Retirement is supposed to be a time when people move to Florida to sip drinks on the beach or settle down in Arizona to play endless rounds of golf.
But in reality, a huge percentage of Americans are happy to remain right where they are. A 2018 AARP survey found that more than three-quarters of people age 50 or older prefer to stay in their current homes as they age, as we reported in “5 Home Improvements That Help You ‘Age in Place.'”
In fact, there are many good reasons for remaining in your hometown after retirement. Following are some of the best.
1. It’s cheaper to stay put
When you buy a home, you’ll typically pay between 2% and 5% of the purchase price in closing costs, according to Zillow. That means that if you buy a $150,000 home, you could shell out up to $7,500 for the privilege.
And those costs don’t include the price of moving your belongings halfway across the country.
2. You might pay less in taxes
Perhaps you are sick of the rainy skies of Seattle or the cold prairie winds of South Dakota and long for the sunny coastlines of Hawaii or California. If that’s your dream, by all means, make it a reality.
Just remember that the price for following your bliss can be steep.
In Washington state and South Dakota, you pay no state income taxes, as we report in “How All 50 States Tax Your Retirement Income.” But in Hawaii, individual income tax rates soar as high as 11%, and may soon climb to 16%. California’s top rate is 13.3%.
The lesson: Know the tax and other financial implications before you make any move. It might pay off to stay firmly rooted at home.
3. Your current doctors know you well
Seeing the same physician for years can pay big dividends.
A 2017 British study found that people ages 62 to 82 who remained with the same doctor longest experienced around 12% fewer hospital admissions compared with those who remained with their doctor for a short period of time.
4. You’ll be closer to family and friends
As we age, opportunities to meet people and socialize can dwindle. Perhaps that’s because we are no longer working, or because health problems prevent us from getting out and about. Or maybe we just don’t have the energy to make a bunch of new friends.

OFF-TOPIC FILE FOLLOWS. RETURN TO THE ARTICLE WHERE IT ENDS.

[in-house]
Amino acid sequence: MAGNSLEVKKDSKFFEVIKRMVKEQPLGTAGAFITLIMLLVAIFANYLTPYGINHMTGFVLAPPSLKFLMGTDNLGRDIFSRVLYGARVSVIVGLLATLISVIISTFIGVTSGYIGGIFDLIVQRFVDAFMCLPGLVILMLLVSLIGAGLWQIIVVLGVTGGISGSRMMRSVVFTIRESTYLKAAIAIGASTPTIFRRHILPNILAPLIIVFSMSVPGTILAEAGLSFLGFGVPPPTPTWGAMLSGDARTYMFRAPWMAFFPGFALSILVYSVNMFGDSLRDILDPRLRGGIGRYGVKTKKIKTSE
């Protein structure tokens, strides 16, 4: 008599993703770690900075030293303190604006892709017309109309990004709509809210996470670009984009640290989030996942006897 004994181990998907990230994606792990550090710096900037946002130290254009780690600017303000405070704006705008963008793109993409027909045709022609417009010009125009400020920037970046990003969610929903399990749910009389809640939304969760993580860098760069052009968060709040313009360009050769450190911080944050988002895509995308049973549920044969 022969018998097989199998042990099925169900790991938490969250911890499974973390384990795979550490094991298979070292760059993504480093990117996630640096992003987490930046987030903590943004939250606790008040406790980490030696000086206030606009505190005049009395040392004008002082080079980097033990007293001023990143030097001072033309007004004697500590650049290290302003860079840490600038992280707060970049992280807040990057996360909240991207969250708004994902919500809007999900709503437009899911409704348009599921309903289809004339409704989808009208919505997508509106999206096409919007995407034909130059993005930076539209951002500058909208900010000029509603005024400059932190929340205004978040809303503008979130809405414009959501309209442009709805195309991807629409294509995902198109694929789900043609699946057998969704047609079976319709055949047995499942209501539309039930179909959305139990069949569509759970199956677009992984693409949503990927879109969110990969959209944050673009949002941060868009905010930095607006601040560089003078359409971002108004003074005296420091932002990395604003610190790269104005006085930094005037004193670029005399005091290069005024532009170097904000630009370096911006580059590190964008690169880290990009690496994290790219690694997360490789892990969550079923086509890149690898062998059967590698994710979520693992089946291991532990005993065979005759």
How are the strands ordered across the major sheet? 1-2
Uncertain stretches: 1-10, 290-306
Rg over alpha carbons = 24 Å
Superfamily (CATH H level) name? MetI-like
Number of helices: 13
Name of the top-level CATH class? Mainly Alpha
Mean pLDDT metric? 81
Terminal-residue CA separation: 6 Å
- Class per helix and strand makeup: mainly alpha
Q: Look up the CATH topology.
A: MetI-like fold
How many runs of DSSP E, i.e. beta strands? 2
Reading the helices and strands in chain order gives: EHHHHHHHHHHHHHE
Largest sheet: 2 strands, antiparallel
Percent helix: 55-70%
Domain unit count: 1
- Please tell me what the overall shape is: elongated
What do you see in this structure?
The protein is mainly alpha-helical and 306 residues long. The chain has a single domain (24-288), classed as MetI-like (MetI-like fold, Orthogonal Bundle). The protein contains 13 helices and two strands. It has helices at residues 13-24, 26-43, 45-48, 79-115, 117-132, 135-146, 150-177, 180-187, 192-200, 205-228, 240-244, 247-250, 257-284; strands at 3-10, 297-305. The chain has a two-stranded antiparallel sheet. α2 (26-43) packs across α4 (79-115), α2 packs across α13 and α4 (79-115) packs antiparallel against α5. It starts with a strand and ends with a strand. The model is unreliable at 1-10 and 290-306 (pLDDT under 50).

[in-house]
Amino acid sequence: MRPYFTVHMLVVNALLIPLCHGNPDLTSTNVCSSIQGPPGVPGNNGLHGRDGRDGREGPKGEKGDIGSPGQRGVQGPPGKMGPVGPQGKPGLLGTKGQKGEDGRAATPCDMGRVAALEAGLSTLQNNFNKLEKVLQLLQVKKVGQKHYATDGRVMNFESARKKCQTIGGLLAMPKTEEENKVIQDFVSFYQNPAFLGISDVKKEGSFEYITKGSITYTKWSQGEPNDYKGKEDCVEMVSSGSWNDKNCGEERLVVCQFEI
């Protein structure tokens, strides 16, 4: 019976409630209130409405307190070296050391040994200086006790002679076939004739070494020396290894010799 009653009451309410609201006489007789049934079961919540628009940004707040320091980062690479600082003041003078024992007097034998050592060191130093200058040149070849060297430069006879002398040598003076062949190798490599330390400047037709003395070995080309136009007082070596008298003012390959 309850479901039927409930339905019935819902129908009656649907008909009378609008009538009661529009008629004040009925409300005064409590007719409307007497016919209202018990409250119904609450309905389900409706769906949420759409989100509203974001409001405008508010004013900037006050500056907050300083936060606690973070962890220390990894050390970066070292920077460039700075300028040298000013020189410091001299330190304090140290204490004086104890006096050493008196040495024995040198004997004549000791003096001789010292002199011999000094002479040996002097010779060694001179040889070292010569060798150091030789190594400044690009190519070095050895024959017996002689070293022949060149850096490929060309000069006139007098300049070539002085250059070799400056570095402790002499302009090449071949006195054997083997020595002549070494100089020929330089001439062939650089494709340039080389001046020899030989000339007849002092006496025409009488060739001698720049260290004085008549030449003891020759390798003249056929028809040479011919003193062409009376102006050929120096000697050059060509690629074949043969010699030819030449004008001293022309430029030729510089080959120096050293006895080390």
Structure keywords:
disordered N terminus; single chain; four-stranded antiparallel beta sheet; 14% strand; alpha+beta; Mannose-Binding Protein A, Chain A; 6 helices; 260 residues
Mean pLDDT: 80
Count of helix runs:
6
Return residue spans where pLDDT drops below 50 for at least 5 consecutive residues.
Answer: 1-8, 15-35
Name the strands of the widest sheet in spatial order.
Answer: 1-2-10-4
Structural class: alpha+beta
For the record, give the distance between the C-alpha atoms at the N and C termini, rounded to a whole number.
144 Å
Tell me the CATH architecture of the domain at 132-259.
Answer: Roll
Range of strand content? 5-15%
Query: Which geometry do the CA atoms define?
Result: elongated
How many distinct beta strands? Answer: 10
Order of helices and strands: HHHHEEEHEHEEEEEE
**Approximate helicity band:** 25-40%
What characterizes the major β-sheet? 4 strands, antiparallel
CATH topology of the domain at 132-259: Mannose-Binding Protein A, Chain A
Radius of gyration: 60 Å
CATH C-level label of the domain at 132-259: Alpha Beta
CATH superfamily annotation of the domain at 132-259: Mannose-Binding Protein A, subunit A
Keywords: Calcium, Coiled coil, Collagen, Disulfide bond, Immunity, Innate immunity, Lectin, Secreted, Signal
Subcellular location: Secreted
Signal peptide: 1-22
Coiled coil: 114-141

Remaining in your community gives you access to people who have known you for years, perhaps even a lifetime. It’s even better if you have family members nearby. Having supportive loved ones close at hand can be crucial as you age and must rely on help more than ever before.
5. You won’t have to face life’s sorrows alone
Few of us like to think about it, but life does not go on forever. As we age, mortality grows ever closer.
If you suddenly lose a spouse after moving across the country, you might end up feeling isolated and depressed. This is especially true if such a sad turn of events occurs soon after you have relocated.
6. You’ll keep your network intact
Some people find that retirement does not live up to their expectations or feel that they quit working too early. Others discover they need to return to work when unforeseen circumstances leave them dipping into their nest eggs sooner than expected.
If you stay close to home, it might be easier to find work. Perhaps your old employer will bring you back part time or on a freelance basis. Or, perhaps you can tap into the network of people you have worked with to find opportunities.
7. There is no place like home sweet home
If you’ve lived in a place for a while — maybe an entire lifetime — chances are good that you like it. Perhaps you grouse about the Northern cold, but love to ski or ice skate. Or you love the rhythm of the seasons and can’t wait for another autumn to arrive.
Or maybe you just have great memories — meeting your spouse, raising your children — that are indelibly tied to the place you call home.
Life in an exciting new place has its appeal. But one of the joys of getting older is having the wisdom to appreciate what you have right here, right now.
Disclosure: The information you read here is always objective. However, we sometimes receive compensation when you click links within our stories.